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ACME to Perform Works by Weinberg, Shostakovich and Gorecki at the Morgan, 4/18

ACME, the American Contemporary Music Ensemble performs on Thursday, April 18 at 7:30pm. presented by The Morgan Library and Museum (225 Madison Avenue) and the Polish Cultural Institute New York. ACME pays homage to the late, largely unsung Polish composer Mieczys?aw Weinberg with an elegiac chamber music program that includes his exquisite Piano Quintet Op. 18, plus Dmitri Shostakovich's Piano Trio No. 2 in E minor, Op. 67 and selections from Henryk Górecki's String Quartet No. 3.

The music of Mieczys?aw Weinberg is slowly being rediscovered as one of the hidden treasures of the 20th century. Born in Poland, Weinberg emigrated to the Soviet Union under perilous circumstances. Often seen in the shadow of his close friend Dmitri Shostakovich, who regarded him as one of the most outstanding composers of the day, in recent years Weinberg has been recognized as a significant composer in his own right. His prolific output includes 17 string quartets, over 20 large-scale symphonies, numerous sonatas, and film-scores. His 1968 opera, The Passenger, was praised by Alex Ross in The New Yorker in 2011 and will be given its North American premiere by the Houston Opera during the 2013-14 season.

Weinberg's Piano Quintet Op. 18 was completed in 1944, shortly after he moved to Moscow at the urging of Shostakovich, having fled the Nazi invasion of his hometown of Warsaw. ACME pairs Weinberg's Quintet with Shostakovich's Piano Trio No. 2, a lamentation of the Holocaust completed the same year. In addition, ACME offers selections from Henryk Górecki's String Quartet No. 3 entitled Pie?ni ?piewaj? ("...songs are sung"). The complete line from Russian poet Velimir Khlebnikov's verse that this title quotes is "when people die / songs are sung."

ACME Artistic Director Clarice Jensen explains, "This idea is also reflective of Weinberg's immensely tragic life. Despite, or perhaps because of, a life threatened by uncertainty and unthinkable turmoil, Weinberg still created music; he still 'sang.'"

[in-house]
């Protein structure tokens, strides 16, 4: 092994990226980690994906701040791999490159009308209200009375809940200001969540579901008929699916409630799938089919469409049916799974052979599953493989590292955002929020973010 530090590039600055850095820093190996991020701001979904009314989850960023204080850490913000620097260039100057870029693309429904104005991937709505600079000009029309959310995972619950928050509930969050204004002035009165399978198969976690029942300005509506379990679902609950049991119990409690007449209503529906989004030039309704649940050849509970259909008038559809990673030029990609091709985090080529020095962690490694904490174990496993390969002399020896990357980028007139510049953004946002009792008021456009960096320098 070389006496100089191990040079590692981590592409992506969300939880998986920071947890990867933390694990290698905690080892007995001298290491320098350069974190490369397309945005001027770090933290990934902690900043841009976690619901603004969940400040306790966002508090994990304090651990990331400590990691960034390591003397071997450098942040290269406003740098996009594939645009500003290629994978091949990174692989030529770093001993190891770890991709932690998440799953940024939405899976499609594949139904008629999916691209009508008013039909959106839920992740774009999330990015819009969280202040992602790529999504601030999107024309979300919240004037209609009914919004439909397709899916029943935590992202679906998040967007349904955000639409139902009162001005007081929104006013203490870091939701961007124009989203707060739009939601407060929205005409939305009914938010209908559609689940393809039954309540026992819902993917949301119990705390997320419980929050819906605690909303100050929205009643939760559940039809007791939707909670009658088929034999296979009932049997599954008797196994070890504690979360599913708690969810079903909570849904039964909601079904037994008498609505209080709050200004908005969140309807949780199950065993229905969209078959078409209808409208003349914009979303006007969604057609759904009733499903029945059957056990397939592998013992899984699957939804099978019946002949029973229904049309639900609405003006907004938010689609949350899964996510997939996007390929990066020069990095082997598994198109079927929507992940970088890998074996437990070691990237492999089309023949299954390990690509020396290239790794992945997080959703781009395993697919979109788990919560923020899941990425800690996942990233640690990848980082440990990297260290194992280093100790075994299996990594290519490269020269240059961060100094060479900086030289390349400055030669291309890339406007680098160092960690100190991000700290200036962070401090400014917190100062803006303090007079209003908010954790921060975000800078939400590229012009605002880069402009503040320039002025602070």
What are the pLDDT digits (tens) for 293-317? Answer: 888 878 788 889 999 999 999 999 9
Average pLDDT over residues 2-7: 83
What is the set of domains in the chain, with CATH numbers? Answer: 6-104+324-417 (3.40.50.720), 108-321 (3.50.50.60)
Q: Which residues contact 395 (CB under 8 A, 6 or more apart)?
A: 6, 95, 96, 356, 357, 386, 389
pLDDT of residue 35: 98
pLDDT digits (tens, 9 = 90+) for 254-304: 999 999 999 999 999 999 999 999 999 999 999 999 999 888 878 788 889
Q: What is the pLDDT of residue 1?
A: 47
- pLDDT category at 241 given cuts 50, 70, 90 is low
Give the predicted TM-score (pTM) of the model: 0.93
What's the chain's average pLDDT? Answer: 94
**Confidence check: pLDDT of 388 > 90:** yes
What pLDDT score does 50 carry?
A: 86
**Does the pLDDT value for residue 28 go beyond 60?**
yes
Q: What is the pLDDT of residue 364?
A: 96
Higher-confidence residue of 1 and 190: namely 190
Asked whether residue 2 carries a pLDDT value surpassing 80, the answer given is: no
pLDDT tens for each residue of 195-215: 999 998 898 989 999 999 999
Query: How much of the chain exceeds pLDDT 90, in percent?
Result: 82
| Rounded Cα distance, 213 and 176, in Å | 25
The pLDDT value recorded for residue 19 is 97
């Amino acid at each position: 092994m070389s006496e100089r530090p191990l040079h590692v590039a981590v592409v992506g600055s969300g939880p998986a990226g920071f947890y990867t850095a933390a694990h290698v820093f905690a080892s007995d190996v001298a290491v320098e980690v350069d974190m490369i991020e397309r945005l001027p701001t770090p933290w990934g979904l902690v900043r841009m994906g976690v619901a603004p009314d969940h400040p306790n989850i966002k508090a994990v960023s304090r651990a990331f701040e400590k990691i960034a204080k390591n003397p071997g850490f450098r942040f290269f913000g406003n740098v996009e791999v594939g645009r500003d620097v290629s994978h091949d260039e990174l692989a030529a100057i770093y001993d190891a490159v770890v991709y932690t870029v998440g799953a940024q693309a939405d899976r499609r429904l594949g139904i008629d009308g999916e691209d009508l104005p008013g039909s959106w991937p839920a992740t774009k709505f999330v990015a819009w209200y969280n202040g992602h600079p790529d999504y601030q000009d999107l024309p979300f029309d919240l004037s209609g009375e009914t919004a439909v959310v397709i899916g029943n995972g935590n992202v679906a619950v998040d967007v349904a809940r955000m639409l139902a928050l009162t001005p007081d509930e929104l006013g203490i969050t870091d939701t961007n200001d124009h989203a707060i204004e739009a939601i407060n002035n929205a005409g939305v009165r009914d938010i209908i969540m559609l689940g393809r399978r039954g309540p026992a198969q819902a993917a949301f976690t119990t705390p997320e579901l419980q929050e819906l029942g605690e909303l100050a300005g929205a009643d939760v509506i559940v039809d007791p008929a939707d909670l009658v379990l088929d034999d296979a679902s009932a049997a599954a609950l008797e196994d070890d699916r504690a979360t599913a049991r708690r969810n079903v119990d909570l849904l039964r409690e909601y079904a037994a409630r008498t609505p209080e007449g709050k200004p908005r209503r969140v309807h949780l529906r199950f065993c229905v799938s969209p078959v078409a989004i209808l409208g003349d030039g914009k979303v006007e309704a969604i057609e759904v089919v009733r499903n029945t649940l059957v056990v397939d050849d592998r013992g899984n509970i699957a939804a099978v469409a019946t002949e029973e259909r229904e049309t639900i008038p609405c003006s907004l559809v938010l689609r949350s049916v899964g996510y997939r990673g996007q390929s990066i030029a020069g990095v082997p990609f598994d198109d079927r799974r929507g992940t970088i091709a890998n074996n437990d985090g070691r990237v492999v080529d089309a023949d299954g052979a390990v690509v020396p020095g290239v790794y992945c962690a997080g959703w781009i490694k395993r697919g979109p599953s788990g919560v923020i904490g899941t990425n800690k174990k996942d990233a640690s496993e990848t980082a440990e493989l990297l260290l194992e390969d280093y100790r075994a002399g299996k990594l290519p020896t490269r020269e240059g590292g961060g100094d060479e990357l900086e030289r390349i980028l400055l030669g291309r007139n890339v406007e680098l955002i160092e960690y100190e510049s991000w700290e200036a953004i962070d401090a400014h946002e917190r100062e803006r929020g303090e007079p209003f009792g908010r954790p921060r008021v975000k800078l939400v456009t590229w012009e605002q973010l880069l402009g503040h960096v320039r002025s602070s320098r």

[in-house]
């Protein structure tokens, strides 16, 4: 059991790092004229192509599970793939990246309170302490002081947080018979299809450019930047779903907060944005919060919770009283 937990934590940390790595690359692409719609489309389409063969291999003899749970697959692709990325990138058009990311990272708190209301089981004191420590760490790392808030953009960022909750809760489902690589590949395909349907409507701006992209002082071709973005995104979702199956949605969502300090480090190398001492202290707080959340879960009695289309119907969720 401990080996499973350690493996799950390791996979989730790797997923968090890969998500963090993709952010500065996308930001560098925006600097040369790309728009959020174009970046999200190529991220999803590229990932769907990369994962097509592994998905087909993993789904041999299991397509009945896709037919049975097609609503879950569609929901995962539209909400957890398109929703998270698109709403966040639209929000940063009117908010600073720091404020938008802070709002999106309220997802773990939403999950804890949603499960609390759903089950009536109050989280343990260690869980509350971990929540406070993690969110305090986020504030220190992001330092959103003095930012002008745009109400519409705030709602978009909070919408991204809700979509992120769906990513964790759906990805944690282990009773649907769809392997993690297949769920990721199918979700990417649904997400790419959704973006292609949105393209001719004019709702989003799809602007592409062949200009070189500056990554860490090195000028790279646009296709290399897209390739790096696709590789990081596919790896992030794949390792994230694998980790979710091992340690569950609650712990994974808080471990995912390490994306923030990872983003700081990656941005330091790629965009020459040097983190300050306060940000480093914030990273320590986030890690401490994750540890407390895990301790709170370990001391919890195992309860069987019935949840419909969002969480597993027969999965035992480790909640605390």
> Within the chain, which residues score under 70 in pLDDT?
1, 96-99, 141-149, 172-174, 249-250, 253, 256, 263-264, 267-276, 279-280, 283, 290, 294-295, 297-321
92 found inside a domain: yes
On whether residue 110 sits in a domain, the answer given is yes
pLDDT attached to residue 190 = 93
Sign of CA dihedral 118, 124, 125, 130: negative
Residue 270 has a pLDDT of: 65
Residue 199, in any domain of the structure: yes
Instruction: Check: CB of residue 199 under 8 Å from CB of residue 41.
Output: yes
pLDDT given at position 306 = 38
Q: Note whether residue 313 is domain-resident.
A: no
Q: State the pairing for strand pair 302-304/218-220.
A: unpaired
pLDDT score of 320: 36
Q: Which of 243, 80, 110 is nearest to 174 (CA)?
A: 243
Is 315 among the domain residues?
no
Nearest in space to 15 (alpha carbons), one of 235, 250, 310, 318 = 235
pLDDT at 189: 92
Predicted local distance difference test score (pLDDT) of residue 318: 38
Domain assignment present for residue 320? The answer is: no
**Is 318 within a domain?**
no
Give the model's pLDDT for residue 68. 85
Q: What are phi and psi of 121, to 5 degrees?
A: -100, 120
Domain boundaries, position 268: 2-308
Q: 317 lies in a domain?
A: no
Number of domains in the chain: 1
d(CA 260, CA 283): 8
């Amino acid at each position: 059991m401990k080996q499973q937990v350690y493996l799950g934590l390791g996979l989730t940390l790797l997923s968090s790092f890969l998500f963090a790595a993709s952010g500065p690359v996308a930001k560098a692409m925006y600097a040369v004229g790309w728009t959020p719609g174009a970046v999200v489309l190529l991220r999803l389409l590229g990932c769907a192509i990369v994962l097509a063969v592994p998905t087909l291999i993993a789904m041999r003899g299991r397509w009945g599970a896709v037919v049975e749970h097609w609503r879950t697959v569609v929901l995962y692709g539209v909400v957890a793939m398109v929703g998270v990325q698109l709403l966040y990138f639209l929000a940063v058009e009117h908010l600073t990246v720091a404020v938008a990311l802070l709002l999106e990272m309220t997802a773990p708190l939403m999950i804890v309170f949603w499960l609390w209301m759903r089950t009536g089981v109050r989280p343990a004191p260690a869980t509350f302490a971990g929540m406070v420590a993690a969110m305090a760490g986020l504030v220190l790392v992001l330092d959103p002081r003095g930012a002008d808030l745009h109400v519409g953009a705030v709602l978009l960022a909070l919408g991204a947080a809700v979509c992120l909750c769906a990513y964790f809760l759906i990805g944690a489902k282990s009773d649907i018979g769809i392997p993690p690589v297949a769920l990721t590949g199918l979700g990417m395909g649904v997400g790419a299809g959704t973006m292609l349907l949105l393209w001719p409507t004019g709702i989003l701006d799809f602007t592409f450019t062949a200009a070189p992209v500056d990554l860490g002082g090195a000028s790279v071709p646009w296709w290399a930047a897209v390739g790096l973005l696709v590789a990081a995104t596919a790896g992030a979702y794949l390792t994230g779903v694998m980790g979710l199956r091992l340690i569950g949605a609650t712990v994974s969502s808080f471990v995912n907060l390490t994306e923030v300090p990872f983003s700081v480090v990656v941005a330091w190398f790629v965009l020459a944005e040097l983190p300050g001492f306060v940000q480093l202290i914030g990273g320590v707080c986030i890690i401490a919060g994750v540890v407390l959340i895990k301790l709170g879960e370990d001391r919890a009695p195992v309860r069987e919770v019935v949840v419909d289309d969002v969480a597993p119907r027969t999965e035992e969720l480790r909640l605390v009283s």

ACME players for this concert are Caroline Shaw, violin; Ben Russell, violin; Nadia Sirota, viola; Clarice Jensen, cello, and Timothy Andres, piano.

ACME is dedicated to the outstanding performance of masterworks from the 20th and 21st centuries, primarily the work of American composers. The ensemble presents cutting-edge literature by living composers alongside the "classics" of the contemporary. ACME's dedication to new music extends across genres, and has earned the group a reputation among both classical and rock crowds. Time Out New York calls the group "one of New York's brightest new music indie-bands."

In addition to the concert at the Morgan, 2012-2013 highlights for ACME included July performances with otherworldly indie-duo A Winged Victory for the Sullen in Chicago's massive Millennium Park and at Le Poisson Rouge; a special September 11 performance of Steve Reich's complete string quartets, the world premiere of the all-live version of WTC 9/11, at Le Poisson Rouge; a three-night run in October as part of BAM's Next Wave Festival, performing the world premiere of Phil Kline's Out Cold with vocalist Theo Bleckmann; as well as performances presented by the Library of Congress in Washington, DC and CenterStage in Reston, VA. In April 2013, the ensemble is in residence at Dartmouth's Hopkins Center workshopping a new opera about Nikola Tesla with Phil Kline and filmmaker Jim Jarmusch. In February 2013, ACME released Joseph Byrd: NYC 1960-1963 - a rediscovered contemporary of La Monte Young and Morton Feldman and a player in the Fluxus art movement - on New World Records.

About The Morgan Library and Museum: The Morgan Library & Museum began as the private library of financier Pierpont Morgan, one of the preeminent collectors and cultural benefactors in the United States. Today, more than a century after its founding in 1906, the Morgan serves as a museum, musical venue, independent research library, architectural landmark, and historic site. In October 2010, the Morgan completed the first-ever restoration of its original McKim building, Pierpont Morgan's private library, and the core of the institution. In tandem with the 2006 expansion project by architect Renzo Piano, the Morgan now provides visitors unprecedented access to its world-renowned collections of drawings, literary and historical manuscripts, musical scores, medieval and Renaissance manuscripts, printed books, and ancient Near Eastern seals and tablets.

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